Trading Stocks for a Living

Trading Stocks for a Living

If you’ve ever considered whether or not to try trading stocks for a living, I would definitely encourage you to pursue it, but you have to approach it with a balanced perspective, and you have to realize that it’s nothing you should just rush into on impulse. Moving from a full-time job to a completely self-directed trading career can be unnerving for people who have never set foot in that territory before, even if they consider themselves to be stellar traders. There’s something about “cutting the cord” and going completely solo with your trading career that can give anyone a case of the nerves. So the transition from employee (or even small business owner) to full-time trader requires some initial planning in order to position yourself for maximum benefit when you “step out and step up”, so to speak. One thing to consider right off the bat is for you to have your financial life in order before moving into stock trading full-time. This means making sure that you have paid off all outstanding debts, with the possible exception of your mortgage. If you don’t do this initially, the money that you owe to Visa or MasterCard will start “talking to you” while you’re trading, and you’ll eventually make more emotionally-based decisions in your trades than decisions that are actually based on sound trading principles. You’ll start making decisions based on financial pressure instead of solid trading discipline. Once this happens, your confidence (and trading account balance) will begin to erode. So it’s very important to have no debt in your life that can “pull your strings”. The next thing that you should consider is your trading plan. You must always, always, ALWAYS have a plan for each trade. What markets will you trade? Will it be the blue chips on the NYSE, or will it be penny stocks, or will it be more index-based securities, such as the Dow Jones Industrial Average (DJIA) or the NASDAQ PowerShares (QQQ)? What will be your entry points, or your exit points? Believe me, your exit strategy should be thought out and accounted for before you even open the position. What if the trade skyrockets? Do you have a plan to trail your stops and capture that profit while “letting your winners run”?

Image courtesy of Microsoft Office Clip Art
Image courtesy of Microsoft Office Clip Art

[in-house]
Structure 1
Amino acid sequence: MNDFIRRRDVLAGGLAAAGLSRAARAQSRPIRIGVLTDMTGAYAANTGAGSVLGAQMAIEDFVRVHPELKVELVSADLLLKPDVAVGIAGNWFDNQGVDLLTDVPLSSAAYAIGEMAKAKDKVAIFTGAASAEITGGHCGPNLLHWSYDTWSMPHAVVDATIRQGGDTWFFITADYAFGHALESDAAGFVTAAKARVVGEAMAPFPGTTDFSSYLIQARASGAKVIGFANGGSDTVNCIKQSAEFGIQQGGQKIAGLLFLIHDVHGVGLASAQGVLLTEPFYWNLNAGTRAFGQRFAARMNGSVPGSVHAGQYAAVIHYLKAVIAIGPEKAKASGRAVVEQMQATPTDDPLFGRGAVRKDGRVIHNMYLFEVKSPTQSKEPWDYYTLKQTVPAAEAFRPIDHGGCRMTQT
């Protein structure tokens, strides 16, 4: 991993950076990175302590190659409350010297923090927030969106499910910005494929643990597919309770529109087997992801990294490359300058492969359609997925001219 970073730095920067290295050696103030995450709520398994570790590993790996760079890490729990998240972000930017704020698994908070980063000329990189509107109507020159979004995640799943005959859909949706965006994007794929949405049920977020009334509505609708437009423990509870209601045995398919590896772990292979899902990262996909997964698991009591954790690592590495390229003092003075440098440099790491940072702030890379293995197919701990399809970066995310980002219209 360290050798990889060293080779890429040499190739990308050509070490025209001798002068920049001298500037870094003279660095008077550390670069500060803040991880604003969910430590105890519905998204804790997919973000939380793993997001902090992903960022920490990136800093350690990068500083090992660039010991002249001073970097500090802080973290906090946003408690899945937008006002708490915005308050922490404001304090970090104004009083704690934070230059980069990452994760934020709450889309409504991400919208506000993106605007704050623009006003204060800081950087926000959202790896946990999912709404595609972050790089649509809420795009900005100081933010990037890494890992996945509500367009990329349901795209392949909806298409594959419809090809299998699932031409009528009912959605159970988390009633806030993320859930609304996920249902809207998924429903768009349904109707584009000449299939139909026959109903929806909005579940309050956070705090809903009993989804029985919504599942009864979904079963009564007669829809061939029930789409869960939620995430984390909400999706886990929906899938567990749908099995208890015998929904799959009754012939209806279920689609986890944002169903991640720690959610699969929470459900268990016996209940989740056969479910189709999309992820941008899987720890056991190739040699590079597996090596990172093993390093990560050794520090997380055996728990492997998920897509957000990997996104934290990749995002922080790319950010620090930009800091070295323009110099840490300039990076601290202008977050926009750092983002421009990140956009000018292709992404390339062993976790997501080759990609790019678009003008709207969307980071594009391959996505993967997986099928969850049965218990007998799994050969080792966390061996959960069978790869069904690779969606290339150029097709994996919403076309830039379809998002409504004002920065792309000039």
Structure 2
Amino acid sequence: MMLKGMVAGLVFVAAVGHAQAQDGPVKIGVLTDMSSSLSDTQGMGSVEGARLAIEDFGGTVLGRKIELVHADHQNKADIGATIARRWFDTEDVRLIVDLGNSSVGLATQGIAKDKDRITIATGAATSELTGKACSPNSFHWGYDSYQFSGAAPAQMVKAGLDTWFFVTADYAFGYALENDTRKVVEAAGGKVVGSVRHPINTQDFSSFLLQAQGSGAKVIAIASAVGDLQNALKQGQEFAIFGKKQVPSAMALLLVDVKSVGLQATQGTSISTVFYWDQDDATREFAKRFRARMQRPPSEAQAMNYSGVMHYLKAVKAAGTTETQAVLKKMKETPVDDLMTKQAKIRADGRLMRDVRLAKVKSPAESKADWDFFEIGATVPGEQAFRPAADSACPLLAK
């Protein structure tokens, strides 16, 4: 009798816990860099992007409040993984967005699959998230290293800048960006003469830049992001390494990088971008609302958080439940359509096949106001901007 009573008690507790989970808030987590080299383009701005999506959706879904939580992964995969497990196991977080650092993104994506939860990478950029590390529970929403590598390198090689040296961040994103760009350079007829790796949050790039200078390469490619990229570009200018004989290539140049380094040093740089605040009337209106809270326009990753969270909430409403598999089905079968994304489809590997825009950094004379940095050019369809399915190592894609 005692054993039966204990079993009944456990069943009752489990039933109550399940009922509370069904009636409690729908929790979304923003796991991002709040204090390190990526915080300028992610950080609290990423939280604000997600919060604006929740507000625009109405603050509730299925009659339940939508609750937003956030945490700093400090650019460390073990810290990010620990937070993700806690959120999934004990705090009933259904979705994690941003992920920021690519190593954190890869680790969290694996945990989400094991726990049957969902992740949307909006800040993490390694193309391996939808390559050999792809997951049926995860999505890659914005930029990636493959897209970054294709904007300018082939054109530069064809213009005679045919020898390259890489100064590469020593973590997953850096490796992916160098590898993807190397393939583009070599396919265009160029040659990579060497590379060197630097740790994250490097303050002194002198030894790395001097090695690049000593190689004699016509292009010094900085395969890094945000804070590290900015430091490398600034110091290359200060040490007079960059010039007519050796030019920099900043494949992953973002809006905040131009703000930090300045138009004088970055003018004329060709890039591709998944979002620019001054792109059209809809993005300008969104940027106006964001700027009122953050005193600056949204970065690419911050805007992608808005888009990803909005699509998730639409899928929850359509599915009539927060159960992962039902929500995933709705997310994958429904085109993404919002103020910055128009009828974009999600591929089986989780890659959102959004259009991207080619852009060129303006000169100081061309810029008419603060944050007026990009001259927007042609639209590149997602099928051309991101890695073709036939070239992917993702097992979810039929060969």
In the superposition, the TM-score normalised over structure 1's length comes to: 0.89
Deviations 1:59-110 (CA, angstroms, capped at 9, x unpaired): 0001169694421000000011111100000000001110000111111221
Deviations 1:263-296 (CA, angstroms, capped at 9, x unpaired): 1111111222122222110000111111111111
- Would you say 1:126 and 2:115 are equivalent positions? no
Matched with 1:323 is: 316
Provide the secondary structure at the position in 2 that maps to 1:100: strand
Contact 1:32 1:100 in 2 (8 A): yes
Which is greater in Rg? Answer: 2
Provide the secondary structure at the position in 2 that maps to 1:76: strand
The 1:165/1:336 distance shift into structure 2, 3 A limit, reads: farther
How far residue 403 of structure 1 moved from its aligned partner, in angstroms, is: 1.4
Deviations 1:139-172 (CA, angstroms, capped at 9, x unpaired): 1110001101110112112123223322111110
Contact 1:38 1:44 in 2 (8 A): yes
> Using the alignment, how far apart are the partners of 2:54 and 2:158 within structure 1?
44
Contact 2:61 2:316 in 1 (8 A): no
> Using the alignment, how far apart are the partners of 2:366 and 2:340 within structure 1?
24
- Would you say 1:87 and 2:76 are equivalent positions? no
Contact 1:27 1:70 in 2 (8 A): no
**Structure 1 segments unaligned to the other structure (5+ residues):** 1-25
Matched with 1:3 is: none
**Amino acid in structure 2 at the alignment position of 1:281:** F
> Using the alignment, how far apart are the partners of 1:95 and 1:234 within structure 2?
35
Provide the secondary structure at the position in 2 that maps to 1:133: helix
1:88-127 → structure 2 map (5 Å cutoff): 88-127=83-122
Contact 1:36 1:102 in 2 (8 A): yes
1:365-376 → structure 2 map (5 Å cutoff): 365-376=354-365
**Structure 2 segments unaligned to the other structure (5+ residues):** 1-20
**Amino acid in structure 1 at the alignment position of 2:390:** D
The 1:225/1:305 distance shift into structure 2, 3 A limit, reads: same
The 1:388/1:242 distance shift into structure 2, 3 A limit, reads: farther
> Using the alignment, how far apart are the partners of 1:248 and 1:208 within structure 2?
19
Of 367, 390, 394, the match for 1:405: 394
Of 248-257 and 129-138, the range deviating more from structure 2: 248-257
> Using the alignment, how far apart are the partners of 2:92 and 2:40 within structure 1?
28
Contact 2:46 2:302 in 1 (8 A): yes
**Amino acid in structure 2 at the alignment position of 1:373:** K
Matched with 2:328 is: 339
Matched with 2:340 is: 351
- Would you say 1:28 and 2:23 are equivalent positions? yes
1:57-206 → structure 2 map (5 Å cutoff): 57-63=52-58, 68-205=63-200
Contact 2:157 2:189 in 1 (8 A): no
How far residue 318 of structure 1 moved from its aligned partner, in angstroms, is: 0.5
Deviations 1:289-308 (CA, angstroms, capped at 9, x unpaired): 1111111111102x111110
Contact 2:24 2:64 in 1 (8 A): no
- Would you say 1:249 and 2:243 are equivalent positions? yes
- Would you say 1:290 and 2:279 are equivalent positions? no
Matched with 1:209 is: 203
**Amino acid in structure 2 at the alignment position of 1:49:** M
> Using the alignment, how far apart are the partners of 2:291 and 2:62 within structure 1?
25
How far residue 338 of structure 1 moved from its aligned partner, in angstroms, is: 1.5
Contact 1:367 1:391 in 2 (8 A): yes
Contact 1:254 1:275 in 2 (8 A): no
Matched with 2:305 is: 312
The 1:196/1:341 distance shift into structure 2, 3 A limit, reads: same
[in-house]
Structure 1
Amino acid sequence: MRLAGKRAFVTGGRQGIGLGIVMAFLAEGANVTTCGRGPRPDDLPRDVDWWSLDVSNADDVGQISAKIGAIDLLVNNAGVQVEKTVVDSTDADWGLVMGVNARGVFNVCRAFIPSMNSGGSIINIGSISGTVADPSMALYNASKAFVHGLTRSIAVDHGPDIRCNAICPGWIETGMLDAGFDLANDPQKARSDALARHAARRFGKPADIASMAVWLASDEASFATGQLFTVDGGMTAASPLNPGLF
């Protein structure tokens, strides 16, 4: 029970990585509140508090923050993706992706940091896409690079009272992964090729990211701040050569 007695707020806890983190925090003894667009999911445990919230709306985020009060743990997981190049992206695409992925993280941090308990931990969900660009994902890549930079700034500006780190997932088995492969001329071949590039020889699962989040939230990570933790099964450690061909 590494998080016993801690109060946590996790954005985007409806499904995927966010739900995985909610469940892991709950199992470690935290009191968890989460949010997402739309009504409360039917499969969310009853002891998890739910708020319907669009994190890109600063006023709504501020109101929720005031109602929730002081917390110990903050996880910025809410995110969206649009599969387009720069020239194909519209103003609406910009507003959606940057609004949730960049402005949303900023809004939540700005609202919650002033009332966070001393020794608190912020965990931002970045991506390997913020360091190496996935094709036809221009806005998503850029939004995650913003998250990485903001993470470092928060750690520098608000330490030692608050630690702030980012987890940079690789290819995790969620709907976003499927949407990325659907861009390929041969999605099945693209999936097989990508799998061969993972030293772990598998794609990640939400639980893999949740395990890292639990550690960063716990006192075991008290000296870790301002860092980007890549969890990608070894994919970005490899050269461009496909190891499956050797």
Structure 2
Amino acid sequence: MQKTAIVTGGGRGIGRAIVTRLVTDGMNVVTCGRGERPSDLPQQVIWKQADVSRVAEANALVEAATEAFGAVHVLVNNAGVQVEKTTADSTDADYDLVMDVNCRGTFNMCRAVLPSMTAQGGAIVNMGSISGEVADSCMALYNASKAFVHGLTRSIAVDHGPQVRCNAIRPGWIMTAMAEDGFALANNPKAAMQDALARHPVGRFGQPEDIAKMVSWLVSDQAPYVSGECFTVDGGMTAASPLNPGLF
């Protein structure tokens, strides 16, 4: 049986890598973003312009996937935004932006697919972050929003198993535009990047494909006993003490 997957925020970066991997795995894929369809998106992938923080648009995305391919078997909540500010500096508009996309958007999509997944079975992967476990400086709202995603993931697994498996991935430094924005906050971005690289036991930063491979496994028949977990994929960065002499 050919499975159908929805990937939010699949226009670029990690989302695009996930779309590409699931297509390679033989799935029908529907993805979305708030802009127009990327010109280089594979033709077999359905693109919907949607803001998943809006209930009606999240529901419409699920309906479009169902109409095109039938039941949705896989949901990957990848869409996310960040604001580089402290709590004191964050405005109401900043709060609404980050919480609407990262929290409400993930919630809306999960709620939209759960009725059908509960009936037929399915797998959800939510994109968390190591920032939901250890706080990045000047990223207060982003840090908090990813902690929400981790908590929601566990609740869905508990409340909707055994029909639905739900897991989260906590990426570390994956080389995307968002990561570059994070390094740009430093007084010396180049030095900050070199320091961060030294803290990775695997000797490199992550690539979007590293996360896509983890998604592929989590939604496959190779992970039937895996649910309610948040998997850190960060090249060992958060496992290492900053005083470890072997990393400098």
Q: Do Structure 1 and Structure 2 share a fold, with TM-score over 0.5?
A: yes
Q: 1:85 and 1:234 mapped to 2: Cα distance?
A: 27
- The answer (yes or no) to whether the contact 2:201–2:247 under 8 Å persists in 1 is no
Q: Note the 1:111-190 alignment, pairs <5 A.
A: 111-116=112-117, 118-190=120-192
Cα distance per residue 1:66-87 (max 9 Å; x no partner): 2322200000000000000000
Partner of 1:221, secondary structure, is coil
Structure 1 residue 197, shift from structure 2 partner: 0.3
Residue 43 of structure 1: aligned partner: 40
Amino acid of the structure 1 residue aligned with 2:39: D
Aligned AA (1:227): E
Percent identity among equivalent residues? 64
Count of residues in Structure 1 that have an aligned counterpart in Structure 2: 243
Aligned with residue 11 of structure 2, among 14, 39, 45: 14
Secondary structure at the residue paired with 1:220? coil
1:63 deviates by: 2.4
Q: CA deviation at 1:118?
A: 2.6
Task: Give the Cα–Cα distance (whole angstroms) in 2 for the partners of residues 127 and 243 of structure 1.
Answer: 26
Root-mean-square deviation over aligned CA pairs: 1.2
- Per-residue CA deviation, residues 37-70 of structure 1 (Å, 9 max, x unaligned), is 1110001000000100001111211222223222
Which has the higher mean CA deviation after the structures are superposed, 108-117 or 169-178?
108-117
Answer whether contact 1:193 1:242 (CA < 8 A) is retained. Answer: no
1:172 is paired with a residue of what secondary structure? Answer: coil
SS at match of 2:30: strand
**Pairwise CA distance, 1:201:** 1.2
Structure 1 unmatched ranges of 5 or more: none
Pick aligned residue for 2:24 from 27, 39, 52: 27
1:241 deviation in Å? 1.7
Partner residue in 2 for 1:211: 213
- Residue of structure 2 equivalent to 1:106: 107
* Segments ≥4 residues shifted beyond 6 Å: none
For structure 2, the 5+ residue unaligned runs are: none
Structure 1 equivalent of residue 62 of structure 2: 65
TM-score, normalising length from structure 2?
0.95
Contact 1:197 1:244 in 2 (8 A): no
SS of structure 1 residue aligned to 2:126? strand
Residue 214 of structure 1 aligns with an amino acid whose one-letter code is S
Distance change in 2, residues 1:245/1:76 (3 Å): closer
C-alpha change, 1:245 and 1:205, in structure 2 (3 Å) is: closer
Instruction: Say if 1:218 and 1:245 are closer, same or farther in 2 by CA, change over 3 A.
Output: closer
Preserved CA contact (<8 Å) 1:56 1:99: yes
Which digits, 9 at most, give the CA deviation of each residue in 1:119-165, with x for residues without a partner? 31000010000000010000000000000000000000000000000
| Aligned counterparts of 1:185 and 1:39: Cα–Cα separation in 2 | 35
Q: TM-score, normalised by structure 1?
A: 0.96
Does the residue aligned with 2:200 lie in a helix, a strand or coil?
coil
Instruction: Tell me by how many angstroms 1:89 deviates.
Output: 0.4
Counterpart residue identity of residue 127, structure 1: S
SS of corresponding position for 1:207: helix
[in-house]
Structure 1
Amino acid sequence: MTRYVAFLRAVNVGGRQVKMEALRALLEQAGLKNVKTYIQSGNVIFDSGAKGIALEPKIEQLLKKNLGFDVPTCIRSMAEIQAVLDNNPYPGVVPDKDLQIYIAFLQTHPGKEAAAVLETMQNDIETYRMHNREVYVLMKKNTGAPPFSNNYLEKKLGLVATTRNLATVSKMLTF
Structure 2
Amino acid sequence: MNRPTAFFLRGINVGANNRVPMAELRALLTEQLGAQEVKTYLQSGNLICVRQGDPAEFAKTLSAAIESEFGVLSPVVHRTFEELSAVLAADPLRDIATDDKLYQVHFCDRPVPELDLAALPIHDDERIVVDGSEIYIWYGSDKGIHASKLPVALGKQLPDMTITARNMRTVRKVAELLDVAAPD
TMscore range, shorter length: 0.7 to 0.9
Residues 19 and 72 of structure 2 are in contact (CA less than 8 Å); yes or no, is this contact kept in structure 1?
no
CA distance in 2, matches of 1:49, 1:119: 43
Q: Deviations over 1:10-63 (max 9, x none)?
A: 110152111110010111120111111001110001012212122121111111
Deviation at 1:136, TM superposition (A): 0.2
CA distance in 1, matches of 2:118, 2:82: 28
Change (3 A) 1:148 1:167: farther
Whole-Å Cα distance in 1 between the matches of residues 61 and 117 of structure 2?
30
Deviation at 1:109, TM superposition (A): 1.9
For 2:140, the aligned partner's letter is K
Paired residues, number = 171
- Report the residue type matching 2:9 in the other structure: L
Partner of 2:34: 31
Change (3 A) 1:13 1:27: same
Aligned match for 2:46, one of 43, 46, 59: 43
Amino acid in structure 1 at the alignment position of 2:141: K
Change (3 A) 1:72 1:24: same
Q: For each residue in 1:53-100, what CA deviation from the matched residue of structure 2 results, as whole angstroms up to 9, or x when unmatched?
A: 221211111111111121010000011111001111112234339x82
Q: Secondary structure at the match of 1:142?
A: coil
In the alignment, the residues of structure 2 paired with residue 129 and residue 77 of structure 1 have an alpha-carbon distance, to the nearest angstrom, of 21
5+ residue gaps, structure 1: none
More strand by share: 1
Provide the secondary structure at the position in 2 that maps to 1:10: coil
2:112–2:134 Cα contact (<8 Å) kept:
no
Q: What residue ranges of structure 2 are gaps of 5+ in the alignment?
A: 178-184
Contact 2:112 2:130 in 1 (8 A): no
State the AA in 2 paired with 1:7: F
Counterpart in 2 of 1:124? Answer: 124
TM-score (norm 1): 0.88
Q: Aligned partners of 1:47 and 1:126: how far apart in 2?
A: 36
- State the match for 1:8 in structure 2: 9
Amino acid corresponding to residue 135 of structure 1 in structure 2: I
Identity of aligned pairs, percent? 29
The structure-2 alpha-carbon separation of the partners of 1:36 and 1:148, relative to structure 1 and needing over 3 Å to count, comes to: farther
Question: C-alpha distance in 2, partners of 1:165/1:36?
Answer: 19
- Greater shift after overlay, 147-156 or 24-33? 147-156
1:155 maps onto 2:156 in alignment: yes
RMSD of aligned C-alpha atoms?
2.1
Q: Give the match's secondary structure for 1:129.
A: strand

Trading Stocks for a Living: Risk Management

Speaking of that famous saying, how will you “cut your losses”? Will you base your exit from losing trades on a percentage loss, or will it be based on a dollar amount loss? That’s another thing that many traders sometimes live in a state of denial over, and that’s trading losses. Every single successful trader—and I mean EVERY successful trader—has losing streaks. Do you have a risk management and capital management plan that takes losing periods into consideration? How much money will you risk per trade? Will you risk a percentage of your overall capital, or do you have a flat per-trade amount? How will you adjust your risk tolerance to accommodate for an increase or decrease in position size? Have you considered position size? How many blocks of shares will you trade? Will you purchase options for protection, or will you write calls/puts against your position for some extra income while you’re “waiting in the wings”? This may seem like I’m giving you the third degree, but you have to consider these questions and run every possible scenario through your mind, so that you can have contingencies in place to stabilize your trading account during times when the sailing is not so smooth. Even the top traders in the world, the professionals who hold million-dollar positions at a time, only experience winning trades an average of 3 out of 10 times. So risk management and capital management must become the number one priority in your stock trading, because your trading capital is literally the lifeblood of your trading career. With a sound approach to your trading style, and a sound approach to your risk management and capital conservation, the goal of trading stocks for a living can become much more attainable to the average investor.

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chamilj profile image

chamilj 5 years ago from Sri Lanka

Trading stocks for a living requires lots of trading experience. Great hub. Voted up!


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SteadyHubs 5 years ago from Georgia, USA Author

I appreciate it, chamilj!

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